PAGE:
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Omniceps.com:
Introduction to Latte | Best PHP templating engine
Aug 17, 2017 @ 11:30:15

On the Omniceps site there's a new post introducing you to Latte, the templating component of the Nette framework that can be used independently.

A PHP templating engine is the one which gives you ability to write html for your clients efficiently using PHP variables.

However, PHP was originally built to be a templating engine, but yet it was never used primarily as a templating engine. There has been so many PHP templating engine so far in the market since PHP evolved, but none of them has made as great impression on us as Latte. Introducing you to Latte, one of the best PHP templating engine you have come across so far. Also Latte protects your web app from vulnerabilities like XSS (cross site scripting).

The tutorial starts with an example comparing "plain old PHP" templating with the Latte version for a foreach loop. Next they show how to install the Latte component and the two different kinds of macros the tool includes. They also talk about filters, performance concerns, context aware escaping and "pretty output" options.

tagged: nette framework template component latte introduction tutorial

Link: http://www.omniceps.com/latte-best-php-templating-engine/

SitePoint PHP Blog:
Twig – the Most Popular Stand-Alone PHP Template Engine
Aug 09, 2017 @ 09:17:09

On the SitePoint PHP blog they've posted a tutorial highlighting one of the most widely used templating tools in the PHP ecosystem (that's not locked into a framework) - Twig. In this new tutorial author Claudio Ribeiro introduces you to the tool and what it has to offer you and your application.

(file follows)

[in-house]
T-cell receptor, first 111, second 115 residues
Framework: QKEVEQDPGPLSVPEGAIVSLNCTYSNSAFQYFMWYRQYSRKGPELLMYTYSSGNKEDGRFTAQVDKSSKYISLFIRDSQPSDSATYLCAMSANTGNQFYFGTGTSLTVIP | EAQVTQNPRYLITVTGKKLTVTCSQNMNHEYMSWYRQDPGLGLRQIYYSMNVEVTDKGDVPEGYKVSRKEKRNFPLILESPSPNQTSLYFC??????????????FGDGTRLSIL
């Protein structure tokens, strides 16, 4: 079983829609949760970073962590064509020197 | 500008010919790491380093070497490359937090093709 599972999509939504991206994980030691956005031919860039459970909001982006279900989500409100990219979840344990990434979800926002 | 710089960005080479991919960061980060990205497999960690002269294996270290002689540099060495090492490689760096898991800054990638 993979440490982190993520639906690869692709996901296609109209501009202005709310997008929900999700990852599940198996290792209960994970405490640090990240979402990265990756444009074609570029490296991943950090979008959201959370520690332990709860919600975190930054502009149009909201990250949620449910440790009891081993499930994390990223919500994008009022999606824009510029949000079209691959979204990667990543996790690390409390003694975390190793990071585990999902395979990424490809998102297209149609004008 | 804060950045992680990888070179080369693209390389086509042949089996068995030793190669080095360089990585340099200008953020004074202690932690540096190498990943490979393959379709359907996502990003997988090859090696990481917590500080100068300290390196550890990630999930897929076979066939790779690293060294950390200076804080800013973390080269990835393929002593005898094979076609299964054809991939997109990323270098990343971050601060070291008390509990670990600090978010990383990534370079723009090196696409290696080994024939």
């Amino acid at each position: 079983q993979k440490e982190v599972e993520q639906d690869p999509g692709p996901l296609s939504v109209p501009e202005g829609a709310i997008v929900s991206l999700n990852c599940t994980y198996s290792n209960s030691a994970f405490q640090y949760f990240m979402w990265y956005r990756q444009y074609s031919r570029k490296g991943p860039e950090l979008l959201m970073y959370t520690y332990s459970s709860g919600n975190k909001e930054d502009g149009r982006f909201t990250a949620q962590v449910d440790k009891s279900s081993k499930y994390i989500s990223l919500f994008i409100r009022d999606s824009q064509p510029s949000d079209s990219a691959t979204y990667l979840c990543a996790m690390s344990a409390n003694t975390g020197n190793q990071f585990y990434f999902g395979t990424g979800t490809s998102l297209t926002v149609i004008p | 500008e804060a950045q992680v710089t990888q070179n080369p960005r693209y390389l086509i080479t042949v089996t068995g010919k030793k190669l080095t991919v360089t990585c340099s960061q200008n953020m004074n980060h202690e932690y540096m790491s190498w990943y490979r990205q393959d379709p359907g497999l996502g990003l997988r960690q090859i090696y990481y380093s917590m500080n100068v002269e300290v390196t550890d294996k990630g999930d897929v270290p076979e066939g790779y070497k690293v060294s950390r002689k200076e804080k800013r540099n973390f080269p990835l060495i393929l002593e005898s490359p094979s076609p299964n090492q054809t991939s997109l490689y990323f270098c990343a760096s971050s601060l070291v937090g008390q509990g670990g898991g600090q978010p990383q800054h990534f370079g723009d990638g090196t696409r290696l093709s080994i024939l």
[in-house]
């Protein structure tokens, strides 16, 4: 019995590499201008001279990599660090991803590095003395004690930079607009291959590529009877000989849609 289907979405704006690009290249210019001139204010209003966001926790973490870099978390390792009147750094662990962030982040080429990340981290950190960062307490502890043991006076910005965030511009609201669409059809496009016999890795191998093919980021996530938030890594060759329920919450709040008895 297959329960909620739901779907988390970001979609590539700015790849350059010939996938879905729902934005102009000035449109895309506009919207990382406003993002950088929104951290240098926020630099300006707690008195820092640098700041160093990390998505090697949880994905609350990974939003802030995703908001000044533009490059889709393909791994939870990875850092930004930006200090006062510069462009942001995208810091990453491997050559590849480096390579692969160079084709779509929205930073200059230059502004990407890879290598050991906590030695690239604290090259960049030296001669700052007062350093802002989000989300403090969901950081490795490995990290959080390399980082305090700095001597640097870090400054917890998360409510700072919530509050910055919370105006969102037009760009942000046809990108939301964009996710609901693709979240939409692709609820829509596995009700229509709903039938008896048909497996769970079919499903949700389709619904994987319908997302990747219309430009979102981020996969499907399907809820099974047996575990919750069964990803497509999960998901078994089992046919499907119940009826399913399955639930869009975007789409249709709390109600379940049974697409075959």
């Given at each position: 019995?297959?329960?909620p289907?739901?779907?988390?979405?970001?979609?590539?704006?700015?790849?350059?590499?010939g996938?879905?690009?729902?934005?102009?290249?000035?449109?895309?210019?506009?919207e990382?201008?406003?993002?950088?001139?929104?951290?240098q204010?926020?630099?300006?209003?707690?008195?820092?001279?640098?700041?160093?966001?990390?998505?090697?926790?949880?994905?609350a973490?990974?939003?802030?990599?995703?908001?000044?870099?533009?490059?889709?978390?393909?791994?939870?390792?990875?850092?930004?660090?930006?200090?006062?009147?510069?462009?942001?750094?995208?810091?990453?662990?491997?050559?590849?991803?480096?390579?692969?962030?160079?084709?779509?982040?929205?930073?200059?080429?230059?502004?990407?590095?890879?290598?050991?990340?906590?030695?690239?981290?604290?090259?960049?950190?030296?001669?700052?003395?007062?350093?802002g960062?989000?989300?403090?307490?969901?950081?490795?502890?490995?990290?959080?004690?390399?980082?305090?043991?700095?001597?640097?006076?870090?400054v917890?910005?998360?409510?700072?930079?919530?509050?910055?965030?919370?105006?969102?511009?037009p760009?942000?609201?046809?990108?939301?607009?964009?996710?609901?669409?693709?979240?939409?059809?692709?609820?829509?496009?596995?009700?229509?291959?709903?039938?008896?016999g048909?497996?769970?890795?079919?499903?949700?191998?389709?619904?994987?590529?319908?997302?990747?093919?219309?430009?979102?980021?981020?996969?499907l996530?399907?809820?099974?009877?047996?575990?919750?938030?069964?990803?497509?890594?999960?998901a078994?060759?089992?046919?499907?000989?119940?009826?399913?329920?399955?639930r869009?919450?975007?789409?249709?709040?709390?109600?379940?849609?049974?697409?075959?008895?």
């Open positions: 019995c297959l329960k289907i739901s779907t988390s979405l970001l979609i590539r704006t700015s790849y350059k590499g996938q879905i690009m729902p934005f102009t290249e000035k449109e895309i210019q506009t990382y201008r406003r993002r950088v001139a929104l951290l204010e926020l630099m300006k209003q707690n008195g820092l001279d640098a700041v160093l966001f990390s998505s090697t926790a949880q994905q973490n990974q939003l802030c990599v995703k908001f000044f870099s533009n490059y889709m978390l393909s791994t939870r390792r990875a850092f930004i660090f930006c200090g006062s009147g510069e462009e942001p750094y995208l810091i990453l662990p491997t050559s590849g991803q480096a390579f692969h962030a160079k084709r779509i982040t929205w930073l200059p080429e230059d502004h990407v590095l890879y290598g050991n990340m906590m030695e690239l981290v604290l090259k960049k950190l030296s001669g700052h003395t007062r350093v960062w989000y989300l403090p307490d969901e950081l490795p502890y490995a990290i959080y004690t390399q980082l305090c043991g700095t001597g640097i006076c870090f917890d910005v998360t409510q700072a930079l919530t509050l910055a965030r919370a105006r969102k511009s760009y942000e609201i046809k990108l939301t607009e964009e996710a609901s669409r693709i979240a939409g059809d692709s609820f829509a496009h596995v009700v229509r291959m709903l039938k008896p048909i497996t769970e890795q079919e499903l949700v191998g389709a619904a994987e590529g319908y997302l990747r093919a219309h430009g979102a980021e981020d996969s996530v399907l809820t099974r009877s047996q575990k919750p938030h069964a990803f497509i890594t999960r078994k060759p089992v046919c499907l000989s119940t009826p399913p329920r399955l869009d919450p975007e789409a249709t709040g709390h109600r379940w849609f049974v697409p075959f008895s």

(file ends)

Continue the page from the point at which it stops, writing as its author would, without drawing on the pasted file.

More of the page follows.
Twig is a template engine for PHP. But isn’t PHP itself a template engine? Yes and no!

Even though PHP started as a template engine, it didn’t evolve like one [...]. PHP is a verbose language, and that verbosity is amplified when trying to output HTML content.

Modern template systems will take away some of that verbosity and still add a fair share of functionality on top. Things like security and debug features are mainstays in modern template engines.

Today, we’re focusing on Twig.

He starts off by helping you get the tool installed via Composer and shows it in use to display the values in a hard-coded PHP array. The template (index.html) outputs the result as HTML and shows the use of normal variable output, control structures and filters on the data during output. He then moves on to other topics like working with layouts, caching output, looping, conditionals and filters. The final note is about debugging, mentioning the "dump" function to directly output a value for examination regardless of type.

tagged: twig tutorial introduction template engine

Link: https://www.sitepoint.com/twig-popular-stand-alone-php-template-engine/

Stefan Koopmanschap:
Customizing Sculpin: Highlight image and Facebook
Jul 28, 2017 @ 11:14:15

Stefan Koopmanschap has a new post to his site showing the Sculpin users out there how to customize the system for a highlight image and Facebook integration.

Over the past months I've been slowly customizing my Sculpin installation for this blog to fit my own liking a bit more. I've added a bit more styling including a beautiful background image and a transparent white background for the content column. Today I wanted to add a bit more. Two things specifically: I wanted to control a bit more about how my blogposts are displayed when they are shared on Facebook [and] I wanted to have an optional image at the top of blogposts to make them look a bit better.

It turns out this was actually quite easy, so here's a short description of what I did to make it work.

He splits the article into these two parts, showing how to add in custom markup and add custom frontmatter to modify the Facebook posts. He then shows how to add a block to the main templates for the highlight image and a small section to credit the photo back to the original.

tagged: sculpin facebook integration highlight image tutorial meta template credit

Link: https://leftontheweb.com/blog/2017/07/28/Customizing-Sculpin-highlight-image-and-facebook/

Paul Jones:
Domain Logic and Email Templates
Jul 18, 2017 @ 11:59:50